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What are people teaching their children!?


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#1 of 153 Paul D G

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Posted February 01 2006 - 09:11 PM

I just need to rant.

As a parent of a (soon to be) four yr old (and a 1yr old too) I find myself constantly amazed at the way other parents are with their kids. If I had a dime for every time I saw a toddler standing up in the seat of a grocery cart while the parent doesn't even seem to care... I mean, the kid will fall head-first if the cart is jolted even the slightest... but I don't want to go off on a tangent.

I'm not saying we're perfect parents, but we try to do things right. But I have to say we're shocked (SHOCKED I tell you!) at the things my son learns from the other kids at preschool.

Here is a conversation my wife had with the boy when he came home today:
3yr: I have a job to do!

Mom: What is it?

3: I have to shoot the monster! (shooting is something he learned about from the other kids a long time ago, we try to steer him away from this but...)

Mom: You do? Can I help?

3: Nooooo, you're a girl! Girls are princesses.

Mom: What are you then?

3: I'm the Shooting Man! I put the bullet in the gun then I shoot! (he then loads the gun (!) then strikes a pose - which is nothing new - and starts shooting. This is where we usually stop him, but the whole loading the gun thing was totally new and somewhat horrifying)

Mom: Then what happens?

3: Then he falls on the ground and I kick him! (he then starts wailing violently on said fallen monster)

We were just gobsmacked! What the hell is going on in the house of the other little boy who taught him this? A three year old shouldn't be learning about this type of stuff!

I read an article a few months back about children being expelled from pre-school. I sorta rolled my eyes at it but now I can completely see it. There is one boy in my son's class who's all set for a life of trouble. He kicked my son in the groin(!) when they both went for the same toy. And when my wife was discussing this incident with the teacher she saw him slap another kid across the face. And the next day my son reported that he bit someone else. I figure any day now this kid is going to disappear from the class. We hope at least.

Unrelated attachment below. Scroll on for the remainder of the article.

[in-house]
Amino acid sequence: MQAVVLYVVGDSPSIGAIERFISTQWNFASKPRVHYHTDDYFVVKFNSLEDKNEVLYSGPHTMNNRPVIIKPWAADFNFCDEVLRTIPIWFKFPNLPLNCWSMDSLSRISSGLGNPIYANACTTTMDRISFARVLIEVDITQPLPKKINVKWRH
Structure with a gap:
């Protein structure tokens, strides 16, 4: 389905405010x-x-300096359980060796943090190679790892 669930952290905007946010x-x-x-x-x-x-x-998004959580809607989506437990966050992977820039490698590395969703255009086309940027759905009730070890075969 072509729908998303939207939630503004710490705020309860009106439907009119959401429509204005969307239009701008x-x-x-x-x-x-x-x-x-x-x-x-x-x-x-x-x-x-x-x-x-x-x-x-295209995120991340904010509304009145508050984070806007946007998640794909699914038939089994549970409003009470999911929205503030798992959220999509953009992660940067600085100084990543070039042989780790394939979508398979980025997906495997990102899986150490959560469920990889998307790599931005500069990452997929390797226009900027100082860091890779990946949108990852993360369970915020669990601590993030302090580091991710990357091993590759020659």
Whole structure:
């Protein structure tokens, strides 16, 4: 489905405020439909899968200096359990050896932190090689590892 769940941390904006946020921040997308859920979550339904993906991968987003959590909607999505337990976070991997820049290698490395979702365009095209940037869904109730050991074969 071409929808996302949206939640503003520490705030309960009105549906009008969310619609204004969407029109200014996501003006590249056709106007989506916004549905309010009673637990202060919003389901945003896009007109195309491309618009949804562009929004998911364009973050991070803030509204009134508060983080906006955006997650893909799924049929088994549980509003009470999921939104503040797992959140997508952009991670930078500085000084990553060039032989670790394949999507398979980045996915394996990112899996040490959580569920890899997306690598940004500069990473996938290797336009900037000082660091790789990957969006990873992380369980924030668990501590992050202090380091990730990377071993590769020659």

Recently when I picked him up I asked if he played with Andrew (his best friend) that day and he sulked "No! He says he's not my best friend (the ultimate put down) and I can't play with him because I'm white and he's black!" WTF?! Where did this concept even come from?! Fortuantely this passed fairly quicked but still...

-paul

#2 of 153 Dave Poehlman

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Posted February 02 2006 - 02:03 AM

My wife is a elementary school teacher in a rather low-income blue collar neighborhood.

The kids will come in talking about movies they've seen... we're talking horror slasher flicks and R-rated stuff... and they're in 5th grade.

Usually it's the parents who are engrossed in the TV not aware what their kid is absorbing. Normally, I'd say they need to use more common sense.. but these are parents who show up drunk for parent/teacher conferences.

#3 of 153 Christ Reynolds

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Posted February 02 2006 - 04:13 AM

Quote:
Recently when I picked him up I asked if he played with Andrew (his best friend) that day and he sulked "No! He says he's not my best friend (the ultimate put down) and I can't play with him because I'm white and he's black!" WTF?! Where did this concept even come from?! Fortuantely this passed fairly quicked but still...
it either came from home, or tv. i think kids are inherently blind to color, and wouldnt come up with such a thing on their own. i'm sure kids wonder why certain people have different color skin than they do, but for the kid to say "we cant be friends because i'm black and you're white" has to come from some outside influence.

CJ
And then when I feel so stuffed I can't eat anymore, I just use the restroom! And then I CAN eat more!

#4 of 153 Mark Dill

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Posted February 02 2006 - 04:32 AM